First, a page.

Knowledge of the cranial nerves is essential for students in various health professions, among others, because of its intricate structure and functional aspects (Dickson & Stephens, 2015). Besides these aspects, the ones concerning the use of texts that are incorporated into the teaching of this topic should be considered, because multiple authors indicate that the apparent origin of the glossopharyngeal, vagus and accessory nerves are found in the retro-olivary groove (Arana & Rebollo; Bustamante; Policeni & Smoker; Sarrazin et al.) or post-olivary groove (Carpenter; Surek et al.), however, a more detailed inspection of the site of origin, as it was verified in this work reveals that such a description is not accurate.
In the brainstem used for this work, it was found that in none of them the nerve roots of these cranial nerves emerge from the retro-olivary grooves. In 100% of neuroanatomical parts analyzed, it was shown that the nerve roots make their appearance, both right and left, about 2.63 mm on average after the retro-olivary groove, particularly in the retro-olivary areas, without regard to the presence of any groove. Two of the referenced authors indicate that these three nerves originate in the posterior collateral groove of the medulla oblongata (Legroset al.; Coello & Coello). However, in our study we did not find the presence of such a groove and, on the other hand, in the Terminologia Anatomica is not registered this term (Terminologia Anatomica, 1998). It can also be seen that when two-dimensional images for teaching cranial nerves are used (Dickson & Stephens) in the texts, the subjective impression ofit being located in the retro-olivary groove is given, so it is necessary to corroborate what is indicated in texts by actual practices with brainstem, so there is no limitation in the use of two-dimensional images (Dickson & Stephens), as the demonstration by experimentation is an intelligent practical theoretical exercise, that allows students to undertake more objective and effective learning (Duque Parra & Barco Rios, 2013).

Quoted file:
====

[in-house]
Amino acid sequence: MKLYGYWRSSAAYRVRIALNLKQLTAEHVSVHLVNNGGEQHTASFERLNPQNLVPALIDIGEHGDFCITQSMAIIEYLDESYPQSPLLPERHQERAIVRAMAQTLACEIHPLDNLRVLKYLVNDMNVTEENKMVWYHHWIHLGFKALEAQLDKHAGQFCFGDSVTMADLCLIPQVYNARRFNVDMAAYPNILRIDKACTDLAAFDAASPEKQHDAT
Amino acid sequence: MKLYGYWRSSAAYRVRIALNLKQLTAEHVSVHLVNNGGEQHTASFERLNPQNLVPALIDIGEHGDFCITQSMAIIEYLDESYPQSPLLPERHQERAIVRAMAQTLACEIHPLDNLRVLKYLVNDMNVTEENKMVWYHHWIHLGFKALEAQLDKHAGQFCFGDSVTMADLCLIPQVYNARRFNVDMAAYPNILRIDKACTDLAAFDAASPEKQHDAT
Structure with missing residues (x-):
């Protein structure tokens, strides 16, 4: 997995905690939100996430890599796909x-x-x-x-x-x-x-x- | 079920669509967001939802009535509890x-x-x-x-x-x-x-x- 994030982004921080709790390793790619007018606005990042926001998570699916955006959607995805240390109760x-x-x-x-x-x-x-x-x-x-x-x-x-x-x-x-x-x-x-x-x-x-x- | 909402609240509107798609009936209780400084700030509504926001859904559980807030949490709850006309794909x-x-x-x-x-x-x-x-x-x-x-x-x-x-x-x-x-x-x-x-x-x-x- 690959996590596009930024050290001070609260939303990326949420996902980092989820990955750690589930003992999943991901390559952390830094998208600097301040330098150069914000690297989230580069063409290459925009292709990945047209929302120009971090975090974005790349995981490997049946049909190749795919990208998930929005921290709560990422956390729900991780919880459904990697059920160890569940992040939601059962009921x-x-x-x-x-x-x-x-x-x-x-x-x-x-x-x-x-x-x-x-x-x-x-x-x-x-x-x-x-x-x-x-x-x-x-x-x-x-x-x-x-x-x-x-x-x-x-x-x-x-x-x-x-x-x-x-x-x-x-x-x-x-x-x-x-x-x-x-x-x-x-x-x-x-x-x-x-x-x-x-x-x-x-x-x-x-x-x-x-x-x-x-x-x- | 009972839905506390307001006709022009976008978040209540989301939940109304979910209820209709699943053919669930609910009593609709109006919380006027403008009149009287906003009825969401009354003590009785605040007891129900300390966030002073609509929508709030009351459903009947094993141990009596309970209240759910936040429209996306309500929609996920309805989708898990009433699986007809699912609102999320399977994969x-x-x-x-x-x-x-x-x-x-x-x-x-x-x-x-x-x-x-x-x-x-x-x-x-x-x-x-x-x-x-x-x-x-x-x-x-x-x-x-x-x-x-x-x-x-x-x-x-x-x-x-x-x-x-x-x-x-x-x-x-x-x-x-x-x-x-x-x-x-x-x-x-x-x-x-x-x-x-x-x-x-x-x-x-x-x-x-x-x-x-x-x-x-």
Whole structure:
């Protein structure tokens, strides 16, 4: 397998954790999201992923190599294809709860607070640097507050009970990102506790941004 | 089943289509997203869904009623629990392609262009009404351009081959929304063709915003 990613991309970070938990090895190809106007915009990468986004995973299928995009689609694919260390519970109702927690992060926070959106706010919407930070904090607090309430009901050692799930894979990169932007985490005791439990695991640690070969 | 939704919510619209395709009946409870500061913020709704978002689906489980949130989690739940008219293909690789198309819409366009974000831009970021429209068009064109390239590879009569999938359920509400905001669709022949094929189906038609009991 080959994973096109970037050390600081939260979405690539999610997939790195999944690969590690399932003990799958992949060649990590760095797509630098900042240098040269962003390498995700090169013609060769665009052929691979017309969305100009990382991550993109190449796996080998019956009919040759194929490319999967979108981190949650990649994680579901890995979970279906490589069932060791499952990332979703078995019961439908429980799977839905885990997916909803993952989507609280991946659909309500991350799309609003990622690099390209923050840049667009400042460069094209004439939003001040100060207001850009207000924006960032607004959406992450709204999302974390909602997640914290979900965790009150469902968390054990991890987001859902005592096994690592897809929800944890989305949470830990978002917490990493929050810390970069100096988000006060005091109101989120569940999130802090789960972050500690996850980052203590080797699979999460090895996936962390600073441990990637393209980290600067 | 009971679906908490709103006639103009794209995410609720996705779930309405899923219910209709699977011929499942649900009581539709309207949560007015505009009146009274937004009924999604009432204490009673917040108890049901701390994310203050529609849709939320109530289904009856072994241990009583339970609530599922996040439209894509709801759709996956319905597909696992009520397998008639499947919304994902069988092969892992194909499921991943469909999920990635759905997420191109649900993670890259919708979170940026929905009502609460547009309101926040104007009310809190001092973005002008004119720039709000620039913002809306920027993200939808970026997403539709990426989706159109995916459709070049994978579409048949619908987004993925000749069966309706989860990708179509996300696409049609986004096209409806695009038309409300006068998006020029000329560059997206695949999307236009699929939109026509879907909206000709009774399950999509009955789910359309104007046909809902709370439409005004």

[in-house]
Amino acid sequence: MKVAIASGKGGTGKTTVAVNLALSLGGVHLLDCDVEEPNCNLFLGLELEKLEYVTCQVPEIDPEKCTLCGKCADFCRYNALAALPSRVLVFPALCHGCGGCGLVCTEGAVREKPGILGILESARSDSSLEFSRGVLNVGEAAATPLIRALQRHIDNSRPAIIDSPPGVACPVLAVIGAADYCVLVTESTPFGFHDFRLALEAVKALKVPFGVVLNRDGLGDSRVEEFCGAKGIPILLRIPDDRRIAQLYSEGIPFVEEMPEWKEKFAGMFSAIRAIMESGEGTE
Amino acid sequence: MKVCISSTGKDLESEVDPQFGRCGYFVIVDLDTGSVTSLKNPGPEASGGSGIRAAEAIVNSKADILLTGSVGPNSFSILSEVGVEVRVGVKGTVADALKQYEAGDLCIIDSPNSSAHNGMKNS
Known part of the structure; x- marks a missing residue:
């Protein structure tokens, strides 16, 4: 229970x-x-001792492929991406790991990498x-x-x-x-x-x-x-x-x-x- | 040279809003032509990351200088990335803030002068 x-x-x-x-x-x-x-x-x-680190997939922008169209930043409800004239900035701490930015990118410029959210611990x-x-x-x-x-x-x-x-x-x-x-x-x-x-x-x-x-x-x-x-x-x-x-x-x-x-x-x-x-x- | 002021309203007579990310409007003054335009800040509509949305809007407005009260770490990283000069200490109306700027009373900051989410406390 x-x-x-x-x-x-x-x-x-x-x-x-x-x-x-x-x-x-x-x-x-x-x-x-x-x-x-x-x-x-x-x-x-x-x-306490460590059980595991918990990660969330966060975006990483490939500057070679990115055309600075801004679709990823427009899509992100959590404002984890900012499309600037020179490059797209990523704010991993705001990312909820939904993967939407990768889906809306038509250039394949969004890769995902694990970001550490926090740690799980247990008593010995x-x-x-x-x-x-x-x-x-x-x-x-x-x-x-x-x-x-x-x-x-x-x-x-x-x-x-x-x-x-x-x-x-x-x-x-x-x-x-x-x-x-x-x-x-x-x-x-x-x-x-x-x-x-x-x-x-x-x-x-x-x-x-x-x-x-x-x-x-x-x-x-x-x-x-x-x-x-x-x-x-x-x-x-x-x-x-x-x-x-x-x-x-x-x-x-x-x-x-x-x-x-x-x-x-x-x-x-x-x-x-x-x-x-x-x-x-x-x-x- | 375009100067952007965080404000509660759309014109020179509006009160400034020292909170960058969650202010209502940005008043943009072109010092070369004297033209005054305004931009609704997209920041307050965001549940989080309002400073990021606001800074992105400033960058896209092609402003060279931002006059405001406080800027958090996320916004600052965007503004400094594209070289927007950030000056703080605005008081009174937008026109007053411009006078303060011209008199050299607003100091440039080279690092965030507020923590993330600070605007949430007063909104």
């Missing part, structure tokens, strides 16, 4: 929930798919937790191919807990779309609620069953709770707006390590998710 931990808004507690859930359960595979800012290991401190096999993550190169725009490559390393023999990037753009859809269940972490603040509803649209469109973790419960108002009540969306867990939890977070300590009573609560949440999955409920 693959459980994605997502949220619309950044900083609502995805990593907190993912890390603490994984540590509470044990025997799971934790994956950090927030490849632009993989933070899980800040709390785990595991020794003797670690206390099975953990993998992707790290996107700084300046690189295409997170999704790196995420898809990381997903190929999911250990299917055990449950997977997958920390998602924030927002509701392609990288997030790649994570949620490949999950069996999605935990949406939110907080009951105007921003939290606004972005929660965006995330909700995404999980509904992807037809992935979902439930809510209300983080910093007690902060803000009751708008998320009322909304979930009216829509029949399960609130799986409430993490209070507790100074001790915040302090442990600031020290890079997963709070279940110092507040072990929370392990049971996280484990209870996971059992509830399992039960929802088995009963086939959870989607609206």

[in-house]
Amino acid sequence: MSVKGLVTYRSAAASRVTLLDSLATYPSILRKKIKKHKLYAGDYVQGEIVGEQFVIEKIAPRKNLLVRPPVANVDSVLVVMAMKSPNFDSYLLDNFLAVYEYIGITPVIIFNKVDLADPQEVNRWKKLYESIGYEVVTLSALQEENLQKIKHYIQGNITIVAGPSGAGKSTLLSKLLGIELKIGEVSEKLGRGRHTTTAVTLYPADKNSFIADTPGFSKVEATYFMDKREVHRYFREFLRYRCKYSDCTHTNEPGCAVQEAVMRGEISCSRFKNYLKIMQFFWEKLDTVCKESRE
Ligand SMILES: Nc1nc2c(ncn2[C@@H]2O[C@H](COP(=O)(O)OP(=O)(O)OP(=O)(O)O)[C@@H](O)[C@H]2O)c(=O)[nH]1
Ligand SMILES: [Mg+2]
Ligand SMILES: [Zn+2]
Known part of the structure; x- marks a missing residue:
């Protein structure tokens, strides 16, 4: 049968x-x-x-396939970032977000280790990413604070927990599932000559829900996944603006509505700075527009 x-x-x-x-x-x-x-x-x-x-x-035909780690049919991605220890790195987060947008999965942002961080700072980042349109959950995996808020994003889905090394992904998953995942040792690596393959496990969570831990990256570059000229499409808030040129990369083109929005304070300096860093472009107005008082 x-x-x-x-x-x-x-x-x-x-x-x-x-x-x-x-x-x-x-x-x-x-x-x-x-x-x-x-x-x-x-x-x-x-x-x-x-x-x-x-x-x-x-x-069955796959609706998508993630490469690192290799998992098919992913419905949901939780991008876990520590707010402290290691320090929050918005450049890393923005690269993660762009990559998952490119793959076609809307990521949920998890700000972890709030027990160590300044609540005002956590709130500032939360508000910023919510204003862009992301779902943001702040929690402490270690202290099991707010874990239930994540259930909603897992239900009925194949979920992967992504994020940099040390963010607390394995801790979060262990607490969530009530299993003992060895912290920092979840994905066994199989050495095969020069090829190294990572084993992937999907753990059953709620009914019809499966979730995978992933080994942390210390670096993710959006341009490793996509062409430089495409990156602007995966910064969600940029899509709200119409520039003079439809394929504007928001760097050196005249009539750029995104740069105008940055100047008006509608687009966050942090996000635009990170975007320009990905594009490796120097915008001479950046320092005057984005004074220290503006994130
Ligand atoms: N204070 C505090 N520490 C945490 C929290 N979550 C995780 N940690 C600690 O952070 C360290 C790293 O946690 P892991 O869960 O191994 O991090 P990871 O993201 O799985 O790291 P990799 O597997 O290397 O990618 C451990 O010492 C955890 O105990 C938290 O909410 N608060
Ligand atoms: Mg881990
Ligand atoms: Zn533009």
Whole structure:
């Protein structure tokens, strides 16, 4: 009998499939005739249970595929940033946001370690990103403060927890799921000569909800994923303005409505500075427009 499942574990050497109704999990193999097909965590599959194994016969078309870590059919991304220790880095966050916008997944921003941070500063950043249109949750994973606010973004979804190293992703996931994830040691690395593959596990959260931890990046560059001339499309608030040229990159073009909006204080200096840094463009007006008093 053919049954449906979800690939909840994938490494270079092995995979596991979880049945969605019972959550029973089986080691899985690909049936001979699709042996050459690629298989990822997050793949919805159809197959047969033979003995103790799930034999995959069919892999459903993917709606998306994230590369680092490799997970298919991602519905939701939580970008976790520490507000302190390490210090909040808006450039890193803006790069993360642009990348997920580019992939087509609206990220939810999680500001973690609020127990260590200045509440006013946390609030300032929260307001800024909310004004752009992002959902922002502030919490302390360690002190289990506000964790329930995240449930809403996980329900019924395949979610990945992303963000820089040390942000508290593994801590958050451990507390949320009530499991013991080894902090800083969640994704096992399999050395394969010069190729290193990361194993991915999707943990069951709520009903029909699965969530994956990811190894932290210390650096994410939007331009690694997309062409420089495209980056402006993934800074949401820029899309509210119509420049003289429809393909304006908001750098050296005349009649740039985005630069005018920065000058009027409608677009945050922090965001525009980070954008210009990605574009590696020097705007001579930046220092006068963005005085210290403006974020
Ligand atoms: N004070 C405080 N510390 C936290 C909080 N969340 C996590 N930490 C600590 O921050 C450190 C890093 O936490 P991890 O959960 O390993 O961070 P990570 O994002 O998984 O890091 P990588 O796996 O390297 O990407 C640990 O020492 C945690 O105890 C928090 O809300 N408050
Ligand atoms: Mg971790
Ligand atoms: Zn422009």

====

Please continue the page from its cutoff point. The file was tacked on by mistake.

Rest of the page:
Since neuroanatomical knowledge is of great importance in the training of health care students and specialists such as neurosurgeons, it is important to venture to the edge of the known universe of anatomical education (Paalman, 2000), part of which is emphasized in the text of teaching in university education, which in turn may limit its approach with a poor description of certain neuroanatomical aspects that require high precision in the neurosurgical field, as in this case with the apparent origin of the glossopharyngeal, vagus and accessory nerves.
In human brainstems, the nerve roots of the glossopharyngeal, vagus and accessory nerves have their origin apparently about 2.63 mm, on average, behind the retro-olivary groove, not directly over the groove as reported in the literature. At this point, the nerve roots form a continuous line located in retro-olivary areas, without evidence of any groove, as it is also reported in the literature. Therefore, the use of two-dimensional images for teaching neuroanatomy can lead to misinterpretations on the origin of the cranial nerves, added to this the use of some terms that are not registered in official Terminology Anatomical.
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Yobany Quijano Blanco
Department of Basic Sciences Medicine
Universidad de Ciencias Aplicadas y Ambientales
calle 222 No. 54-37
Jorge Eduardo Duque (1); Yobany Quijano (2); John Barco1 & Edison Peralta (2)
(1) Department of Basic Sciences. Medicine. Universidad de Caldas, Manizales, Colombia.
(2) Department of Basic Sciences. Medicine. Universidad de Ciencias Aplicadas y Ambientales (UDCA), Bogota, Colombia.
Caption: Fig. 1. The nerve roots of the glossopharyngeal, vagus and accessory nerves forming a continuous line located in the retro-olivary area, not in the groove. 1. Olive, 2. nerve roots of the glossopharyngeal, vagus and accessory nerves, 3. retro-olivary groove, 4.boss, 5. Pyramid, 6. hypoglossal nerve, 7. Oblong medulla.
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|Author:||Duque, Jorge Eduardo; Quijano, Yobany; Barco, John; Peralta, Edison|
|Publication:||International Journal of Morphology|
|Date:||Dec 1, 2018|